What would happen if a 68k app running on a hypthetical MorphOS ARM with transparent 68k emulation would try to access, say, 0x00000004? Would it get a pointer to exec base or would it get elsewhere? If it gets some other than the exec base pointer, then I guess a 68k (or ppc) emulation is in some serious trouble. If it works, fine, then there is no endianness problem. But I was not able to disentangle this problem myself. I cannot predict the behaviour of ARM from the docs I read (I definitely don't claim to have fully understood what I read!!).
    If you or someone else can enlighten me in this case, that would be appreciated very much.
    --
    http://www.via-altera.de

    Whenever you're sad just remember the world is 4.543 billion years old and you somehow managed to exist at the same time as David Bowie.
    ...and Matthias , my friend - RIP
  • »20.03.09 - 20:08
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  • Yokemate of Keyboards
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    Andreas_Wolf
    Posts: 11764 from 2003/5/22
    From: Germany
    > I think i got it now. ARM chips are able to load and process big
    > endian data, while addressing und such stuff are always little endian.

    Don't jump to conclusions about ARM's endianess(es) ;-) I just wanted to point out that there's a difference between just "endianess" and "true endianess".
    Given the existence of a (non-official) big-endian ARM (ARMeb) port of Debian there must be true bi-endian ARMs able to operate in true big-endian mode.

    Hint: Don't believe everything Neko is telling. He is not only wrong about ARM generally being non-true big-endian but also about Power Architecture generally being non-true little-endian.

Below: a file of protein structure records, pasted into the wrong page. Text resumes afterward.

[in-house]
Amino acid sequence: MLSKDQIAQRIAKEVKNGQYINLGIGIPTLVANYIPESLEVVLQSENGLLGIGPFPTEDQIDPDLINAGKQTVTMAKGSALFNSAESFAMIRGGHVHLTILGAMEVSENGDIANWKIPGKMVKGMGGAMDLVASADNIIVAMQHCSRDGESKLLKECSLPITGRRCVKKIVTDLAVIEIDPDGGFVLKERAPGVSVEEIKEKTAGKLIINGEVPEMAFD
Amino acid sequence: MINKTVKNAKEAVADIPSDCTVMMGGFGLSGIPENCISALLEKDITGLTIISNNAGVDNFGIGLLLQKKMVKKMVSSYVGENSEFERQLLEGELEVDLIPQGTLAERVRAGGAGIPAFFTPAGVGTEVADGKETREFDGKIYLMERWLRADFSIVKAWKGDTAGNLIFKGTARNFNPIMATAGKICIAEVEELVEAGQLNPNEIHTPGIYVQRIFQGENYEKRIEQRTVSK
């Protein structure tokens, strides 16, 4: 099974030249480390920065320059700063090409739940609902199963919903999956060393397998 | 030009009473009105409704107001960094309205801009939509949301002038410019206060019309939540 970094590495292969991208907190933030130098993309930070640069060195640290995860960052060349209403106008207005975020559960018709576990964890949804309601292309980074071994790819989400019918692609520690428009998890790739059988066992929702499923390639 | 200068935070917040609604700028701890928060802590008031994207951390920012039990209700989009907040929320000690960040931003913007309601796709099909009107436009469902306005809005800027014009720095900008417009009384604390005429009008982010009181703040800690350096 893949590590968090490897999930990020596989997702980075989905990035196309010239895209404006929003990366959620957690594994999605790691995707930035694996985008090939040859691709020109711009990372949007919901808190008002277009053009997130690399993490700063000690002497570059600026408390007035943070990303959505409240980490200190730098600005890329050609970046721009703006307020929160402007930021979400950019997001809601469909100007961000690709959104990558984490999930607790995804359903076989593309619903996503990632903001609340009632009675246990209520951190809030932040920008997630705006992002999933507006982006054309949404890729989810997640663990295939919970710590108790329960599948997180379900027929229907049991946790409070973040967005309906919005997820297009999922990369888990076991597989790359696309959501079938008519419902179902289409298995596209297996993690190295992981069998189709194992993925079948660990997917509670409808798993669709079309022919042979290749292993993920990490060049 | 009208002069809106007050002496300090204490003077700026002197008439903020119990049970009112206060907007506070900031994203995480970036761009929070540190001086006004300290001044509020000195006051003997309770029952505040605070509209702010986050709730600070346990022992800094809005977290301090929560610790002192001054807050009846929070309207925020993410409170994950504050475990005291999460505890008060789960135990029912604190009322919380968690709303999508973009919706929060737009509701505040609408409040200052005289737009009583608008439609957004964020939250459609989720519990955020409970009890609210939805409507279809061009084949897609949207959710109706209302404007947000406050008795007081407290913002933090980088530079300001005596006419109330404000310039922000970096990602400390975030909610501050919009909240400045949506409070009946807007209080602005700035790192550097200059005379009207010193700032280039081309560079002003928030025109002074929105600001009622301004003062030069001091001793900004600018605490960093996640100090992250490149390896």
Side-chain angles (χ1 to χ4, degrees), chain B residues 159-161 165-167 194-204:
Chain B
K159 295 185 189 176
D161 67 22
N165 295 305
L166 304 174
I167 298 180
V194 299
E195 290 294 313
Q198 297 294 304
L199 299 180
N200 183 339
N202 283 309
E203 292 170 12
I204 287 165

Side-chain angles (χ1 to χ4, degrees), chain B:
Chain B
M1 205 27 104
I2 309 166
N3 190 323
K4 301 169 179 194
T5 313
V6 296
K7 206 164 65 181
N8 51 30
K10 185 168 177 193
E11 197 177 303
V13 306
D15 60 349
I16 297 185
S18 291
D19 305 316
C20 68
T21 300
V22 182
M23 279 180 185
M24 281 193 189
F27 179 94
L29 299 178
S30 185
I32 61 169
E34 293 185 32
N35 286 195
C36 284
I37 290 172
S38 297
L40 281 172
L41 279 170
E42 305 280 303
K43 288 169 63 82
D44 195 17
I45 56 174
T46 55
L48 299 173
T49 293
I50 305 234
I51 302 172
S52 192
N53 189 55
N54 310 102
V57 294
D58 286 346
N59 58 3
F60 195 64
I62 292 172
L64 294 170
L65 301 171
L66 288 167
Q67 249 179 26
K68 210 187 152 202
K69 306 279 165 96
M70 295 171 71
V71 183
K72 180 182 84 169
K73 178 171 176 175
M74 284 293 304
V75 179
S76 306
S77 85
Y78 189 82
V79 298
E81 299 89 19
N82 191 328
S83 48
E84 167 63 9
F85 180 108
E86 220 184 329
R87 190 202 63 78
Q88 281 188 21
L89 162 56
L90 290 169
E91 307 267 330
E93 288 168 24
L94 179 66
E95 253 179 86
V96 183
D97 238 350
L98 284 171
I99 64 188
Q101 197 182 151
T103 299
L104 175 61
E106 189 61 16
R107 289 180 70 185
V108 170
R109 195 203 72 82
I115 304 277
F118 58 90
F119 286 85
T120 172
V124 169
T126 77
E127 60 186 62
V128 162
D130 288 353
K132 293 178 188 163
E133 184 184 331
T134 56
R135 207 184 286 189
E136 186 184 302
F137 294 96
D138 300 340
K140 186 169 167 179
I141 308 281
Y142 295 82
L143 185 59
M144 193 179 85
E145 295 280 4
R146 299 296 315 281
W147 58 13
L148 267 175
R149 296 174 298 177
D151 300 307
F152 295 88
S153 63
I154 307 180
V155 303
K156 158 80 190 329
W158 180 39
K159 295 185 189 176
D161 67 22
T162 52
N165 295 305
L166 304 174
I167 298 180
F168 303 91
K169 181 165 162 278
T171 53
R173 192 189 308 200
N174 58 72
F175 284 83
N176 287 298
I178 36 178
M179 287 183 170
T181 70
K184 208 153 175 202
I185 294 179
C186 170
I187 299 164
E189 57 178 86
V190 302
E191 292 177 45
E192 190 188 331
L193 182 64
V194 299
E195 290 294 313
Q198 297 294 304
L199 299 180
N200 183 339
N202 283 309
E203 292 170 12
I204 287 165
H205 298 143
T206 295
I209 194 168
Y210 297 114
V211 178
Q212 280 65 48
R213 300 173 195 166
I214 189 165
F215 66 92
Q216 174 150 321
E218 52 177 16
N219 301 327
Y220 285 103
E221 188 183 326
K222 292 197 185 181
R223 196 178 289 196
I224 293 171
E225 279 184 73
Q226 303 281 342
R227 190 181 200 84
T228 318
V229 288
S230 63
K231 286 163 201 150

• »20.03.09 - 20:49
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  • Acolyte of the Butterfly
    Acolyte of the Butterfly
    downix
    Posts: 105 from 2003/2/10
    From: Lightning capi...
    Quote:


    Andreas_Wolf wrote:
    > I think i got it now. ARM chips are able to load and process big
    > endian data, while addressing und such stuff are always little endian.

    Don't jump to conclusions about ARM's endianess(es) ;-) I just wanted to point out that there's a difference between just "endianess" and "true endianess".
    Given the existence of a (non-official) big-endian ARM (ARMeb) port of Debian there must be true bi-endian ARMs able to operate in true big-endian mode.

    Hint: Don't believe everything Neko is telling. He is not only wrong about ARM generally being non-true big-endian but also about Power Architecture generally being non-true little-endian.


    The way to look at it is this way: ARM replaced multiple BE architectures in the past, from the 6502 to the 68k itself, in multiple machines, all with minimal performance impact. See the Palm for prime example. Palm's OS is, frankly, even simpler than MorphOS or the Amigas OS, yet it did the transistion pretty smoothly, wouldn't you agree, and during a period with far weaker CPU's than we have today.

    And what you you mean Power being non-true little-endian? **eyes his OS/2 for PPC CD, pure LE PPC baby!**
    Nate Downes
    Genesi SARL
  • »20.03.09 - 21:44
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  • Yokemate of Keyboards
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    Andreas_Wolf
    Posts: 11764 from 2003/5/22
    From: Germany
    > what you you mean Power being non-true little-endian?

    Misunderstanding? It's definately not me meaning this. Quite to the contrary. Read Neko's comments here and here. This is what I and obviously Zylesea/[ujb] refered to.
  • »20.03.09 - 23:56
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  • Acolyte of the Butterfly
    Acolyte of the Butterfly
    downix
    Posts: 105 from 2003/2/10
    From: Lightning capi...
    Quote:


    Andreas_Wolf wrote:
    > what you you mean Power being non-true little-endian?

    Misunderstanding? It's definately not me meaning this. Quite to the contrary. Read Neko's comments here and here. This is what I and obviously Zylesea/[ujb] refered to.

    I know, I was trying to join in the comments.
    Nate Downes
    Genesi SARL
  • »21.03.09 - 00:19
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  • Priest of the Order of the Butterfly
    Priest of the Order of the Butterfly
    Crumb
    Posts: 730 from 2003/2/24
    From: aGaS & CUAZ Al...
    @r1vver